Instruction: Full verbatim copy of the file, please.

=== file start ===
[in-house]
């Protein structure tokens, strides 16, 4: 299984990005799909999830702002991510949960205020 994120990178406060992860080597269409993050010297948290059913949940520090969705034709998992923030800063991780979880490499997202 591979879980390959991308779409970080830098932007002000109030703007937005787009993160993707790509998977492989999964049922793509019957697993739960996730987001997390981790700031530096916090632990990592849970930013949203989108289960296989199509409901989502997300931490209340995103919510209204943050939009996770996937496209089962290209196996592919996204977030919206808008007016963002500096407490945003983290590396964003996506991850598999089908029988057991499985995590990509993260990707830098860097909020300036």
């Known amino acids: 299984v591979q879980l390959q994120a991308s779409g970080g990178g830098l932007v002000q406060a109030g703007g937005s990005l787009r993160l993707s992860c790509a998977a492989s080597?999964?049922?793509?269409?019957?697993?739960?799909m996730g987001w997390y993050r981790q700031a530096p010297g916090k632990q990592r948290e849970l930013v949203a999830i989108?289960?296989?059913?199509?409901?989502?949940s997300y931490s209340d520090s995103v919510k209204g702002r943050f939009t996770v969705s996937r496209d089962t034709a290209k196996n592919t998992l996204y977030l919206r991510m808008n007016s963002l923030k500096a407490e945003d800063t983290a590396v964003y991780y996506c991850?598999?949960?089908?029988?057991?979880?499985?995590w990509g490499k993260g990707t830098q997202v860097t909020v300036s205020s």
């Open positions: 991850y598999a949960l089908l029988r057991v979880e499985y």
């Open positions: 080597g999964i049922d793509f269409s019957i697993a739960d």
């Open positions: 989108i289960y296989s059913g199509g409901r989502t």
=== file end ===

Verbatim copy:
[in-house]
């Protein structure tokens, strides 16, 4: 299984990005799909999830702002991510949960205020 994120990178406060992860080597269409993050010297948290059913949940520090969705034709998992923030800063991780979880490499997202 591979879980390959991308779409970080830098932007002000109030703007937005787009993160993707790509998977492989999964049922793509019957697993739960996730987001997390981790700031530096916090632990990592849970930013949203989108289960296989199509409901989502997300931490209340995103919510209204943050939009996770996937496209089962290209196996592919996204977030919206808008007016963002500096407490945003983290590396964003996506991850598999089908029988057991499985995590990509993260990707830098860097909020300036």
């Known amino acids: 299984v591979q879980l390959q994120a991308s779409g970080g990178g830098l932007v002000q406060a109030g703007g937005s990005l787009r993160l993707s992860c790509a998977a492989s080597?999964?049922?793509?269409?019957?697993?739960?799909m996730g987001w997390y993050r981790q700031a530096p010297g916090k632990q990592r948290e849970l930013v949203a999830i989108?289960?296989?059913?199509?409901?989502?949940s997300y931490s209340d520090s995103v919510k209204g702002r943050f939009t996770v969705s996937r496209d089962t034709a290209k196996n592919t998992l996204y977030l919206r991510m808008n007016s963002l923030k500096a407490e945003d800063t983290a590396v964003y991780y996506c991850?598999?949960?089908?029988?057991?979880?499985?995590w990509g490499k993260g990707t830098q997202v860097t909020v300036s205020s």
């Open positions: 991850y598999a949960l089908l029988r057991v979880e499985y």
């Open positions: 080597g999964i049922d793509f269409s019957i697993a739960d």
């Open positions: 989108i289960y296989s059913g199509g409901r989502t």